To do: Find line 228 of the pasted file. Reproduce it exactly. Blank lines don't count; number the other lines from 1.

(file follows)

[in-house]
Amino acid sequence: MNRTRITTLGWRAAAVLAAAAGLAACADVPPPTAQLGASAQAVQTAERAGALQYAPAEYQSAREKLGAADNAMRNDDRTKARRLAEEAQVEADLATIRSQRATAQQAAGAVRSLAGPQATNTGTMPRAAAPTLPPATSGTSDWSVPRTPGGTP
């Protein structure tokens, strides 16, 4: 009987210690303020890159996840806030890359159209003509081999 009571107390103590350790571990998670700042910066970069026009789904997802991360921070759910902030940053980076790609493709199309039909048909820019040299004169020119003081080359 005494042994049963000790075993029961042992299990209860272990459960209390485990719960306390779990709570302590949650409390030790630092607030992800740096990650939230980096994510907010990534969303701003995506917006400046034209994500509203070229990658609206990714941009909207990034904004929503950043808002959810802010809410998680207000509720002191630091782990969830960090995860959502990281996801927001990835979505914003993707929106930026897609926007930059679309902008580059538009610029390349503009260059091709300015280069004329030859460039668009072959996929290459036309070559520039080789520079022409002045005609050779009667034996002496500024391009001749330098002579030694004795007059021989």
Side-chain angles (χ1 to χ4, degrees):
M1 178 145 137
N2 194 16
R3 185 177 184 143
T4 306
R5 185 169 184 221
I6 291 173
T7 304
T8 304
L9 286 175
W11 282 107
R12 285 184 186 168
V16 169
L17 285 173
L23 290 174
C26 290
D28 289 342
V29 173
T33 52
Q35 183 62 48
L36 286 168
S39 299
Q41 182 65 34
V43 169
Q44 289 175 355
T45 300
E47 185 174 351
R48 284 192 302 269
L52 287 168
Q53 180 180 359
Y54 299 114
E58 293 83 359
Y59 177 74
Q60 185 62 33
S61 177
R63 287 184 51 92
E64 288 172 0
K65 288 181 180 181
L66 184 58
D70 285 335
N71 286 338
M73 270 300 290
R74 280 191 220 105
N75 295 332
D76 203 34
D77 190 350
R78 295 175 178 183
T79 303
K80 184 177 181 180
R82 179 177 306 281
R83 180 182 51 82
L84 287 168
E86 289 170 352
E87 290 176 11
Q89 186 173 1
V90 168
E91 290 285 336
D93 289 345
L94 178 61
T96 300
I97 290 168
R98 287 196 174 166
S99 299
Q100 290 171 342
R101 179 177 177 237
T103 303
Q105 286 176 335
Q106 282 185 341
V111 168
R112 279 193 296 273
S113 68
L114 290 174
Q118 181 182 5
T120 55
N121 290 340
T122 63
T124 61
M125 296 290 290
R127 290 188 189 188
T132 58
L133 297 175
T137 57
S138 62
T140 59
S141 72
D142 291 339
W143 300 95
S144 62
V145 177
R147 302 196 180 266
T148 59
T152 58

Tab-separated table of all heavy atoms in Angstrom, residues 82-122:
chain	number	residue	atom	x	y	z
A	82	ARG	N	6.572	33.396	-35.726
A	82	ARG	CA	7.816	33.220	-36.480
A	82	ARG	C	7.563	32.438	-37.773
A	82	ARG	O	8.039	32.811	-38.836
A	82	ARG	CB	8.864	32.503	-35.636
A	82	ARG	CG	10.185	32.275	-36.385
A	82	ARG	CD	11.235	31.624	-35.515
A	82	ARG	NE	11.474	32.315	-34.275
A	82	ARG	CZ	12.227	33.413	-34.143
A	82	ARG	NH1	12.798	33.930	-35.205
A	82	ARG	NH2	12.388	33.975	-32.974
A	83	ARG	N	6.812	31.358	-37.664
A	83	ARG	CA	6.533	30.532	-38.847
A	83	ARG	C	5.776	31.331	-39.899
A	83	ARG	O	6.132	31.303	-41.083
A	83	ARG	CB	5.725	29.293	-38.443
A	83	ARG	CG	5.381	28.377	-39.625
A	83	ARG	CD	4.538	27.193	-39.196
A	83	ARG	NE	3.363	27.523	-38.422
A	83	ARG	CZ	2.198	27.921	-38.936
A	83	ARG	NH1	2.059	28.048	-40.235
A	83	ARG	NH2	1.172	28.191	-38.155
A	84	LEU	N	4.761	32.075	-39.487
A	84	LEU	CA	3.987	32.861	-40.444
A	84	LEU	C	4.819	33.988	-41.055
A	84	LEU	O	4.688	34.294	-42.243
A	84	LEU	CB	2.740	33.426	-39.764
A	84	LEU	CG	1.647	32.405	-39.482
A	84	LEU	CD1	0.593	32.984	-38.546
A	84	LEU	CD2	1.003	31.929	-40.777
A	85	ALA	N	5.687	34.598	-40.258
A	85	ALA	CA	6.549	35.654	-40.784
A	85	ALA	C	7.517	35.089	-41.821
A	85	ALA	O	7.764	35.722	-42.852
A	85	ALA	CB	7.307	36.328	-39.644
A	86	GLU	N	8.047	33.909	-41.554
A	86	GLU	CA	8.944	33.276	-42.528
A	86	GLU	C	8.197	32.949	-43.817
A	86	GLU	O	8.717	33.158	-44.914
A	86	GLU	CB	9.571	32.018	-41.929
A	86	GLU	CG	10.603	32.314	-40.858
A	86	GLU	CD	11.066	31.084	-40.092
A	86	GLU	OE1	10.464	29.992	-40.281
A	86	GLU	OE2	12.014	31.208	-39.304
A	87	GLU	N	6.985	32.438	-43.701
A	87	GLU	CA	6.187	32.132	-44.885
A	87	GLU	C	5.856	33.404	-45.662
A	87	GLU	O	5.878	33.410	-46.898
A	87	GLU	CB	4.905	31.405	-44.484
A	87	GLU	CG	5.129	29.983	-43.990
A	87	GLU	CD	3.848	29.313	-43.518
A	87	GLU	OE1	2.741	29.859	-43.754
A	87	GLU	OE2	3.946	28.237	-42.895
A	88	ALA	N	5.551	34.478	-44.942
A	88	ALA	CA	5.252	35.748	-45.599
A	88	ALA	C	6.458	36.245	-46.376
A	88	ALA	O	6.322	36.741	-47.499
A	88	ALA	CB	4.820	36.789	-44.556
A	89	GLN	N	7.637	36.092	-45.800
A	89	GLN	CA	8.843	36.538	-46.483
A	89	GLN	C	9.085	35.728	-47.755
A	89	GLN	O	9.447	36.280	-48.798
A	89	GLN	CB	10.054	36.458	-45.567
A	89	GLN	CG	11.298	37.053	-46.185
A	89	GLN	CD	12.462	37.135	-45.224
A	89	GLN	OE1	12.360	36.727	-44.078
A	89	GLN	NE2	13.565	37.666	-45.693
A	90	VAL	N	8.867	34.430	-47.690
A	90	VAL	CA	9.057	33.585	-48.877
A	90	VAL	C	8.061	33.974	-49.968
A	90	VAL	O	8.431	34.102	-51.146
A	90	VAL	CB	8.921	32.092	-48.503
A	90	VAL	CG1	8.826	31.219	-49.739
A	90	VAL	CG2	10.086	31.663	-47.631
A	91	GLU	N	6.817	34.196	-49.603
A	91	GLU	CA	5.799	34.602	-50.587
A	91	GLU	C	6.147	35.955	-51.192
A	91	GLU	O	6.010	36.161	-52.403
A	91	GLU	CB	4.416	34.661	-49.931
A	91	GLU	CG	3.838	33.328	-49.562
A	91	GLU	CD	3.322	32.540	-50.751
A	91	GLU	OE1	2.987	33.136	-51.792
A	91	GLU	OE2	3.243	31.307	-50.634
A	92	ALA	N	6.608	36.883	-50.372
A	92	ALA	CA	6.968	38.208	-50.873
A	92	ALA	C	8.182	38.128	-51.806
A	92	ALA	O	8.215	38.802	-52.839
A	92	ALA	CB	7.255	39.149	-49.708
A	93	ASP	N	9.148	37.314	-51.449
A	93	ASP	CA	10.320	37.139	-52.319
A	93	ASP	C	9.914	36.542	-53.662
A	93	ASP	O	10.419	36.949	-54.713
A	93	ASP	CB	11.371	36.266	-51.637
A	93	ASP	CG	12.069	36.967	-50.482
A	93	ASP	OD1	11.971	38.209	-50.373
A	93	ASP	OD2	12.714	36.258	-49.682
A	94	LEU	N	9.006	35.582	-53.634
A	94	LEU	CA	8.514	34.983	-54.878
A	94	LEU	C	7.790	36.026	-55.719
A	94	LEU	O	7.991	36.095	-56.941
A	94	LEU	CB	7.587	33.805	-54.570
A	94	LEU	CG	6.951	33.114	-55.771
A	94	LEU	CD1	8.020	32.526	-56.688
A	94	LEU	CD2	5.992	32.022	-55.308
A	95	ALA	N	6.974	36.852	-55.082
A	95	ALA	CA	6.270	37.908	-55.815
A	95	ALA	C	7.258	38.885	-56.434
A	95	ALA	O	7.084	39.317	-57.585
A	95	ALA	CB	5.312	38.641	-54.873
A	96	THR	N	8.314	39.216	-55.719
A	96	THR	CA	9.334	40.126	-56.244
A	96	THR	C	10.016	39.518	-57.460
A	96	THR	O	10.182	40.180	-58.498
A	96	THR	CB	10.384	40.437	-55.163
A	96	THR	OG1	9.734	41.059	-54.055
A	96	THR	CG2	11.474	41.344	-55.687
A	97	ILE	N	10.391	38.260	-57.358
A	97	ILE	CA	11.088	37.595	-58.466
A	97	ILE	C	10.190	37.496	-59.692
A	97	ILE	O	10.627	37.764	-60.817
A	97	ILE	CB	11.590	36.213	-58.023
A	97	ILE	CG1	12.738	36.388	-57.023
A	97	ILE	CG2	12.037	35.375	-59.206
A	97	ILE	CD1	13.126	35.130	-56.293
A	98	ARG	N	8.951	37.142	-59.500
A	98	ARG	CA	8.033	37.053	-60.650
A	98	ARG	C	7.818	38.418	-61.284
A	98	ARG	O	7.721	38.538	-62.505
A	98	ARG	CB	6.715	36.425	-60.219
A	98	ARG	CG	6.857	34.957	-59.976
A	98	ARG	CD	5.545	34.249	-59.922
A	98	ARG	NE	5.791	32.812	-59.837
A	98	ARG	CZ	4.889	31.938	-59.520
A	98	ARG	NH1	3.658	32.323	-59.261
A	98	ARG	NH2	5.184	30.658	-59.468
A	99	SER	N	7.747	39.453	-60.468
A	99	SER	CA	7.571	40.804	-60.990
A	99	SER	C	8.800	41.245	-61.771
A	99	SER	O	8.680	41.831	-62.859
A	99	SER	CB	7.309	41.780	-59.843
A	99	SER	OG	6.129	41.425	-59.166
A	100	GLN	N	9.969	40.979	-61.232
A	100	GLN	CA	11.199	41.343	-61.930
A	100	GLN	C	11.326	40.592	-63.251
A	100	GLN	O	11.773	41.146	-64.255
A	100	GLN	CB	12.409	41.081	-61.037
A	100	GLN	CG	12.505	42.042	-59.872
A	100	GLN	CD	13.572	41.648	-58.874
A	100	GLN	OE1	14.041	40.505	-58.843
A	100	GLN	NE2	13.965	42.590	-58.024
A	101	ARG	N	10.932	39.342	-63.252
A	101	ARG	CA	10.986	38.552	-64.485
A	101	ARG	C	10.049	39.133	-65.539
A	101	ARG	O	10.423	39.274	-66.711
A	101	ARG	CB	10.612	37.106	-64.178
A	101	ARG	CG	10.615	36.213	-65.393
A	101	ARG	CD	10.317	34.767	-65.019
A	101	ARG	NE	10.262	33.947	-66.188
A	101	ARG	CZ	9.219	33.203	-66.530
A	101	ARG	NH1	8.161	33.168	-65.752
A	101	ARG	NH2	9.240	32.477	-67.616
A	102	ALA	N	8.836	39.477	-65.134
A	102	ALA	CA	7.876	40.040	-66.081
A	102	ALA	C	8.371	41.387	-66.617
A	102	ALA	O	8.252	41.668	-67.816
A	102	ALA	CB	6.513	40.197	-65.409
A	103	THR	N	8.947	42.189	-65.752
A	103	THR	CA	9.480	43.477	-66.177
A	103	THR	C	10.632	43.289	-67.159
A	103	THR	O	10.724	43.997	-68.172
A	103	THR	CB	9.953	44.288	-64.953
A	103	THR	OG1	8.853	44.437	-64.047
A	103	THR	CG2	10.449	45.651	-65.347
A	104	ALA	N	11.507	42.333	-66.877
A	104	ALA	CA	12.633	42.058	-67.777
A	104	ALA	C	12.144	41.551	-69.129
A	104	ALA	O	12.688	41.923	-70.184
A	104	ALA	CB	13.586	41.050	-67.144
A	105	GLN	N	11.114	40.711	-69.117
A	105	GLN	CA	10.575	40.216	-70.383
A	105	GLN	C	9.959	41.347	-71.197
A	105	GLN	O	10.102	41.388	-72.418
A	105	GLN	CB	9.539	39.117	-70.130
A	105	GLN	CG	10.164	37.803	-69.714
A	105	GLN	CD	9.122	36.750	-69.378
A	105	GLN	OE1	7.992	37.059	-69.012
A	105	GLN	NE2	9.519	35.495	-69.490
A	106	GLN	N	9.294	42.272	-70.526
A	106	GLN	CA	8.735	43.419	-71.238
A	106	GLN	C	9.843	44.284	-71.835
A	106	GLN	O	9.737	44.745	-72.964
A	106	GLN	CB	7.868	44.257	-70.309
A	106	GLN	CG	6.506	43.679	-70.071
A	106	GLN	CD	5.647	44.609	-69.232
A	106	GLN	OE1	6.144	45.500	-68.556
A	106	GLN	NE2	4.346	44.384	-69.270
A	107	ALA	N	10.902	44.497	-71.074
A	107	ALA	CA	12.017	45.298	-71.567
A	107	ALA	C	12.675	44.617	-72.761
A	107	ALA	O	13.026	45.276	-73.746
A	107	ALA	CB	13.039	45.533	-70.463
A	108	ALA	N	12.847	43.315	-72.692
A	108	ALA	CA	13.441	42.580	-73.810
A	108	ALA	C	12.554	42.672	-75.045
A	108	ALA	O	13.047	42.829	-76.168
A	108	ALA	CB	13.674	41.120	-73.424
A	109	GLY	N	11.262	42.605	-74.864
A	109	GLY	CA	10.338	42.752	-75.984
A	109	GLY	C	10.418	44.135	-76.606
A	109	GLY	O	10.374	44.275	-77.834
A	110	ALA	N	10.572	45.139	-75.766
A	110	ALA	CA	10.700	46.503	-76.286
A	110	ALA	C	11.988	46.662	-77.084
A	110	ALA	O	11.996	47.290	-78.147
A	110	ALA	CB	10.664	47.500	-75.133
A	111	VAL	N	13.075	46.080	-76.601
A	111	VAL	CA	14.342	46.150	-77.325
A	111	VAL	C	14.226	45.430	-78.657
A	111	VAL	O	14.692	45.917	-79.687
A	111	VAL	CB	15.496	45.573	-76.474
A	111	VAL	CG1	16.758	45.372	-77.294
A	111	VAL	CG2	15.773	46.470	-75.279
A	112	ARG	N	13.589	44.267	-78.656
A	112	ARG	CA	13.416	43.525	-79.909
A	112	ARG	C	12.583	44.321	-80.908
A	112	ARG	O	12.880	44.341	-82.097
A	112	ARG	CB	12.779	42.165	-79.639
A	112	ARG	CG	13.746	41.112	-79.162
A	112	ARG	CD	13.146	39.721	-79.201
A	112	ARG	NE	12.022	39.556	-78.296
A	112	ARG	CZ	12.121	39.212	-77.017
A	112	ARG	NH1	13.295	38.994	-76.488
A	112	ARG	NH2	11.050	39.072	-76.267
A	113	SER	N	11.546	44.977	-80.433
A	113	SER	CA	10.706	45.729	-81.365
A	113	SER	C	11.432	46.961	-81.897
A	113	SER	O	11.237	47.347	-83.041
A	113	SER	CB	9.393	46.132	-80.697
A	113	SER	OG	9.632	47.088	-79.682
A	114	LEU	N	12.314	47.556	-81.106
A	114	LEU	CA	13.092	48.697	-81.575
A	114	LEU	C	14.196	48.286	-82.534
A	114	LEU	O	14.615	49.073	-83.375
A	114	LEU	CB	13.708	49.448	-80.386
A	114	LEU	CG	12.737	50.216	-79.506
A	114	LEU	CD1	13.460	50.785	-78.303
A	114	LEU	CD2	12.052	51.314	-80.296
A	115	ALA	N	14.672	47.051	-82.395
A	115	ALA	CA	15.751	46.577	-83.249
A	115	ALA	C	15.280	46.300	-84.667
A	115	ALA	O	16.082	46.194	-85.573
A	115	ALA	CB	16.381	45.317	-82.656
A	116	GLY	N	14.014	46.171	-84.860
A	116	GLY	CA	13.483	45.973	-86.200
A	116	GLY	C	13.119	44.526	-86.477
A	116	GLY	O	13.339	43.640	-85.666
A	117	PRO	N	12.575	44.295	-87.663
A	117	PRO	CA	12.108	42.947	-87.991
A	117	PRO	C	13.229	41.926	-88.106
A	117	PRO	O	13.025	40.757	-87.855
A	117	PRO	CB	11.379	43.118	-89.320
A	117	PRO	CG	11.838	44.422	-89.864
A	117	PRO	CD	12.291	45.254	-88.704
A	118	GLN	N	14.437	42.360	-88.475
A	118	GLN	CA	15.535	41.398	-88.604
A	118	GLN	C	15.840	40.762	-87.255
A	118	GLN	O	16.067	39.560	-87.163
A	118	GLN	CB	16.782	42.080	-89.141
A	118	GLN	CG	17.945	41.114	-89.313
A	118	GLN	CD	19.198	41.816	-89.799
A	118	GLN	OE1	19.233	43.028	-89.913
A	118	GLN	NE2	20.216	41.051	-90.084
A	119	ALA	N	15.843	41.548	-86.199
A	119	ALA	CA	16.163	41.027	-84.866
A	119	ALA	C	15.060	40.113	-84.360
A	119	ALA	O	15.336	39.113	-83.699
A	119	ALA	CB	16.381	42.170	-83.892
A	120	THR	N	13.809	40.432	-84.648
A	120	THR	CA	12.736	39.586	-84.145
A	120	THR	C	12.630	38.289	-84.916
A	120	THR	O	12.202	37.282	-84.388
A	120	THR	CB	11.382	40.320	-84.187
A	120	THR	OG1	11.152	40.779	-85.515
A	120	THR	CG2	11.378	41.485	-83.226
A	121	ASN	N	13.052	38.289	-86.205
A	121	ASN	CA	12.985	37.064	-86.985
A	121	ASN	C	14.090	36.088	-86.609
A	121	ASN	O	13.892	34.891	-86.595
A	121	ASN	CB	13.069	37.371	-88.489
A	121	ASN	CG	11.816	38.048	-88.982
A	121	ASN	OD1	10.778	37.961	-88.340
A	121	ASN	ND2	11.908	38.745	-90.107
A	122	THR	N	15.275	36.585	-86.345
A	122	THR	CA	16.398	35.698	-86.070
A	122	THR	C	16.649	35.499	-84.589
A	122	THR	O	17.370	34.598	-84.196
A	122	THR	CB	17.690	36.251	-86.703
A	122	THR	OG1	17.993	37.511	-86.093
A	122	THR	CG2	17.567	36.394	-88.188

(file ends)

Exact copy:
A	98	ARG	CD	5.545	34.249	-59.922